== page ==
• The Uncertain Hour: In The Uncertain Hour, host Krissy Clark dives into one controversial topic each season to reveal the surprising origin stories of our economy. From the Marketplace Wealth & Poverty Desk, each season goes beyond buzzwords to bust longstanding myths and uncover surprising backstories. Because the things we fight the most about are the things we know the least about.
  • The Moth: Moth stories are true, as remembered by the storyteller and always told live. Listen to the latest episode of The Moth Radio Hour, Moth Podcast, or dip into our library of stories going back to 1997.
  • This American Life: This American Life is a weekly public radio program and podcast. Each week we choose a theme and put together different kinds of stories on that theme. You can filter their archives based on topics of interest.
  • The Social Work Podcast: Provides information on all things social work, including direct practice (both clinical and community organizing), research, policy, education… and everything in between.


  • Just Mercy by Bryan Stevenson
  • Burning Down the House: The End of Juvenile Prison by Nell Bernstein
  • A Piece of Cake by Cupcake Brown
  • A Same Kind of Different as Me by Denver Moore
  • Cooked: My Journey from the streets to the stove by Jeff Henderson
  • Boy Raised as a Dog by Dr. Bruce Perry
  • Mindsight by Dr. Dan Siegel
  • Whole Brain Child by Dr. Dan Siegel
  • The Teenage Brain by Frances E. Jensen and Amy Ellis Nutt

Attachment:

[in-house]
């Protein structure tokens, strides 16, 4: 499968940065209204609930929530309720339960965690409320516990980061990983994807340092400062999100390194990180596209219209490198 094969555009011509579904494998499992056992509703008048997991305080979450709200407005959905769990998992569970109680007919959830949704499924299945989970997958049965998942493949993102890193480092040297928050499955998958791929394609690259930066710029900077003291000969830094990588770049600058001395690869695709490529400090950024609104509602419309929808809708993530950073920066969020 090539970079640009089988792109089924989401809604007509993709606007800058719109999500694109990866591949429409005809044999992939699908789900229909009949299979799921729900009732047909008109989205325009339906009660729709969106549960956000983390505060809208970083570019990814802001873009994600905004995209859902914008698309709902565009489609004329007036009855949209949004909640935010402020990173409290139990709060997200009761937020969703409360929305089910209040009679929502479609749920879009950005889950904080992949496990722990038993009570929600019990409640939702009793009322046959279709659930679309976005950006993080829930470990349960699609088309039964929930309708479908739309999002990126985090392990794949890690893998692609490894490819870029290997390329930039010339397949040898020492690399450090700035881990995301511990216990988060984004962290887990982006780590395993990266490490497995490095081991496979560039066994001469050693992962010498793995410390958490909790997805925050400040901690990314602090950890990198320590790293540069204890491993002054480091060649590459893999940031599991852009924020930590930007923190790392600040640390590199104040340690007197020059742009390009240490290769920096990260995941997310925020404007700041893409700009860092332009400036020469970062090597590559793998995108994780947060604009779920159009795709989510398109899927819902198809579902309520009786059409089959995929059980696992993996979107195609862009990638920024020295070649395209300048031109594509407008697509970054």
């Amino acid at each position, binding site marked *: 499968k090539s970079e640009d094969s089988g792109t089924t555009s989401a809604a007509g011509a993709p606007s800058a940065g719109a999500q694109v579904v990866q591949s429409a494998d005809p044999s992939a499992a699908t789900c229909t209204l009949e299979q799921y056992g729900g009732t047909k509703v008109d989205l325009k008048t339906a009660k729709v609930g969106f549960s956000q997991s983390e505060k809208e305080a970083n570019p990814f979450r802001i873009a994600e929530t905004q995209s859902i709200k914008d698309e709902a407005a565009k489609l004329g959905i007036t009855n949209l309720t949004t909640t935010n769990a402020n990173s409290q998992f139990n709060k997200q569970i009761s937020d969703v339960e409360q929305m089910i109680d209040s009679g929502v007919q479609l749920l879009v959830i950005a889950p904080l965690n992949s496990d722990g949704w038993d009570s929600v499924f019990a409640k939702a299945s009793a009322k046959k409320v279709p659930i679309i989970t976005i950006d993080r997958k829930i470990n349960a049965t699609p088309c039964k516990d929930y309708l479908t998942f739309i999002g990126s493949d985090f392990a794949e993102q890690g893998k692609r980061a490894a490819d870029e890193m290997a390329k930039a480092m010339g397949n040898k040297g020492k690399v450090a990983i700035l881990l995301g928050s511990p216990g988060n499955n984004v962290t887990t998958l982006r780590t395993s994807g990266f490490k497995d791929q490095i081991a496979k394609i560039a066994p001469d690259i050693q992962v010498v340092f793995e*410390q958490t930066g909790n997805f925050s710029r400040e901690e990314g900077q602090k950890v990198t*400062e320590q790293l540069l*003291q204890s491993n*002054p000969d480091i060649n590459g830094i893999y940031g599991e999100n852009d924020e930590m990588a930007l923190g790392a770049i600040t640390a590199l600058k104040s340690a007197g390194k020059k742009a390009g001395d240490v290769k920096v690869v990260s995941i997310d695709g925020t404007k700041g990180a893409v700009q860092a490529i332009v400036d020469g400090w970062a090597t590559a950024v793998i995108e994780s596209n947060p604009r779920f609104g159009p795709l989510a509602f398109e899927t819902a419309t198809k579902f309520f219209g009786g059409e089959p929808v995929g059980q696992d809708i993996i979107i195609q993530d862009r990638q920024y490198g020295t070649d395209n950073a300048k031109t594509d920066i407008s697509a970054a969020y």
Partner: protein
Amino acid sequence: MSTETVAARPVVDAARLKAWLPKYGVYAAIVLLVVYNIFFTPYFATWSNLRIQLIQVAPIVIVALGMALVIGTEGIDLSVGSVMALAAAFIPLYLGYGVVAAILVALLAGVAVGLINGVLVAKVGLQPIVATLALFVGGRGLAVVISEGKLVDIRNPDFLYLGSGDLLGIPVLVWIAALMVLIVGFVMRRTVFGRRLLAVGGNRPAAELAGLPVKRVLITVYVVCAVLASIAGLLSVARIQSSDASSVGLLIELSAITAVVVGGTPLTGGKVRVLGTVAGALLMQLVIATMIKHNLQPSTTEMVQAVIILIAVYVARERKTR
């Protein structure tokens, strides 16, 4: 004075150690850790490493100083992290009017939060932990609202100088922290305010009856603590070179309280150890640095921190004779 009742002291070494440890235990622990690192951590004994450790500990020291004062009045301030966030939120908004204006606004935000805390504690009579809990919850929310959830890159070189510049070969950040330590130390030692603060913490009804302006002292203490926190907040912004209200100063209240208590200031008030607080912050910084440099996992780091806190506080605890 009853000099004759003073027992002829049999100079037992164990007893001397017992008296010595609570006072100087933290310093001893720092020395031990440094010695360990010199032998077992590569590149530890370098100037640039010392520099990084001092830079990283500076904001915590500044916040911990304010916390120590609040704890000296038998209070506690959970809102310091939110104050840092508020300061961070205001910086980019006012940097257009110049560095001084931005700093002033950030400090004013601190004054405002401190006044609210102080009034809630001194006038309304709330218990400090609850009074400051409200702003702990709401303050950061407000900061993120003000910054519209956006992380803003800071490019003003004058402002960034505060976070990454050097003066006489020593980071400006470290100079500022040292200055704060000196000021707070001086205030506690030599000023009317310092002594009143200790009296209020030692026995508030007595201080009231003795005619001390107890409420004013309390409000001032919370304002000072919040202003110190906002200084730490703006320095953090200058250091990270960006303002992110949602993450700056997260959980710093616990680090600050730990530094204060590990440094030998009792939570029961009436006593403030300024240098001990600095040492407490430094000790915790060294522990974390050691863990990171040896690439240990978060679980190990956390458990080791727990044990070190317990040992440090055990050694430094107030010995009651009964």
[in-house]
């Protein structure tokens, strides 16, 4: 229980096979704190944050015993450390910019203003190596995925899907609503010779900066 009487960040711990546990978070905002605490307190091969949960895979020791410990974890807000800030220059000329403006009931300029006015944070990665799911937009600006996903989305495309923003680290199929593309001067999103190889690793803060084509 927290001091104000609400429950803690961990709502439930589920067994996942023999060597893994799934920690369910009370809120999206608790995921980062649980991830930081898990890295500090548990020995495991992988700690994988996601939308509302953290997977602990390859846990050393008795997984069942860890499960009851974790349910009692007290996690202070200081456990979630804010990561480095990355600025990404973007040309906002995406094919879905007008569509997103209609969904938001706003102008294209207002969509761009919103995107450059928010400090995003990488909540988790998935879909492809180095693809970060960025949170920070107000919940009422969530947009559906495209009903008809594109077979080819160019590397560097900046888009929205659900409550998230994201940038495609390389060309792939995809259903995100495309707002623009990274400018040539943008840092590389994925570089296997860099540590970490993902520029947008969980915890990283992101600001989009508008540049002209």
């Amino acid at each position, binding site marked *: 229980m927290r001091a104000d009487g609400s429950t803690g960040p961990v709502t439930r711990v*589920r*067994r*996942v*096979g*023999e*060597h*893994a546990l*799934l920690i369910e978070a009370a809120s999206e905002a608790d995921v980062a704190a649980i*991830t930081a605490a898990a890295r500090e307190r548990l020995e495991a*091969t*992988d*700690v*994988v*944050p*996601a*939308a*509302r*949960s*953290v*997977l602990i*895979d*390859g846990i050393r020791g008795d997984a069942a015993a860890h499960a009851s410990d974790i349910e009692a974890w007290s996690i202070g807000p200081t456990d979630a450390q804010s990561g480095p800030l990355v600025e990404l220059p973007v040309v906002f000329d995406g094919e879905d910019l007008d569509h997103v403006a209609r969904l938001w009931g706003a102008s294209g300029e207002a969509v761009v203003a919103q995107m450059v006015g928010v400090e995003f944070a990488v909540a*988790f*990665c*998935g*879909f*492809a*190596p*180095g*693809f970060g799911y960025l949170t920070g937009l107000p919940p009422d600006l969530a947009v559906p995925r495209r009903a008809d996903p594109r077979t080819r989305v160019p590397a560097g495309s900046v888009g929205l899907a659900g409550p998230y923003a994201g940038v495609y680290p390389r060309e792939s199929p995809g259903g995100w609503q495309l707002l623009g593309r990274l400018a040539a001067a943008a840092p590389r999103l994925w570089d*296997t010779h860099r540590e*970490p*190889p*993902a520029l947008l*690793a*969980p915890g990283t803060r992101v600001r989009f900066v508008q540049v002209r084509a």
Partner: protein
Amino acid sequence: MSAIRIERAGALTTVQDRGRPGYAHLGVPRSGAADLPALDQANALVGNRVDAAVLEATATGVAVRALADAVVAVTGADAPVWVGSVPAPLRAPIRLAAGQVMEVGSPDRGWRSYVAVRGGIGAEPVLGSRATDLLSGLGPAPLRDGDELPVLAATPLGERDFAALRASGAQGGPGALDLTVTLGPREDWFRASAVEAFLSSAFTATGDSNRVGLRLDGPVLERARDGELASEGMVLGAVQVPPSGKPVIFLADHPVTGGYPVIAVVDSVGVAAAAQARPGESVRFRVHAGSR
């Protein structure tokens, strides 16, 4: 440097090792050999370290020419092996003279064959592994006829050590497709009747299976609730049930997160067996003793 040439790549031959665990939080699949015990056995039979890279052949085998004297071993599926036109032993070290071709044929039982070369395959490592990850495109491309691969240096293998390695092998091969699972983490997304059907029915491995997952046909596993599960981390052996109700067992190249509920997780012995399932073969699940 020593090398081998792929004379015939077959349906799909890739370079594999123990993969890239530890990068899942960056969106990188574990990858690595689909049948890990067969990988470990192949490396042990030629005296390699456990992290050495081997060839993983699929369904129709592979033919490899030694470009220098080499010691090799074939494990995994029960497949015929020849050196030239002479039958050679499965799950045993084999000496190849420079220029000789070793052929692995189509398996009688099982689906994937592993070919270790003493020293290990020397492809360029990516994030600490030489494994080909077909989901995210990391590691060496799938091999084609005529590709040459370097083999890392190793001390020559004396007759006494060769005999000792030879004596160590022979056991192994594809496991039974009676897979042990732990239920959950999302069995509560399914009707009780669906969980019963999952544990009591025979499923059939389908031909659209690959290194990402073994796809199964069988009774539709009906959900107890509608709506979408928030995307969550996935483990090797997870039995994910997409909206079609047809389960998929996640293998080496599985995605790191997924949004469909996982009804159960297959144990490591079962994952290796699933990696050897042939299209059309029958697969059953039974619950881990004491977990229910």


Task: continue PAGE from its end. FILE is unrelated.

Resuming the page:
• The Body Keeps the Score: Brain, Mind and Body in the Healing of Trauma by Bessel Van Der Kolk
  • Small Great Things by Jodi Picoult


  • 13th: 2016 American documentary by director Ava DuVernay. Centered on race in the United States criminal justice system, the film is titled after the Thirteenth Amendment to the United States Constitution, which outlawed slavery. DuVernay’s documentary argues that slavery is being effectively perpetuated through mass incarceration.
  • They Call Us Monsters: goes behind the walls of the Compound, a high-security facility where Los Angeles houses its most violent juvenile criminals. To their advocates, they’re kids. To the system, they’re adults. To their victims, they’re monsters. The film follows three young offenders who sign up to take a screenwriting class with producer Gabe Cowan as they await their respective trials. Arrested at 16, Jarad faces 200 years-to-life for four attempted murders; Juan, also arrested at 16, faces 90-to-life for first-degree murder; Antonio was arrested at 14 and faces 90-to-life for two attempted murders. As the boys work with Gabe on their screenplay, their complex stories are revealed.
  • Kids for Cash: The “kids for cash” scandal unfolded in 2008 over judicial kickbacks at the Luzerne County Court of Common Pleas in Wilkes-Barre, Pennsylvania.
  • Into the Abyss (Werner Herzog, 2011): Acclaimed filmmaker Werner Herzog’s latest documentary is a series of conversations with death row inmate Michael Perry and those affected by his crime, which serve as an examination of why people – and the state – kill. A fascinating study of America’s prisons and the death penalty.
  • The House I Live In (Eugene Jarecki, 2012): A penetrating look inside America’s criminal justice system – from dealer to police from prisoner to judge – revealing the profound human rights implications of U.S. drug policy.
  • The Interrupters (Steve James, 2011): A year in the life of inner-city Chicago, a major American city grappling greatly with urban violence. The film tells the moving and surprising stories of three “Violence Interrupters” who try to protect their Chicago communities from the violence they once employed.
  • Crime After Crime: In 1983, Deborah Peagler, a woman brutally abused by her boyfriend, was sentenced to 25 years-to-life for her connection to his murder. Twenty years later, as she languished in prison, a California law allowing incarcerated domestic-violence survivors to reopen their cases was passed.

Training, Best Practices, and Other Resource Sites

Contact Us

SDSU Social Work

Hepner Hall room 119
5500 Campanile Drive
San Diego, CA 92182-4119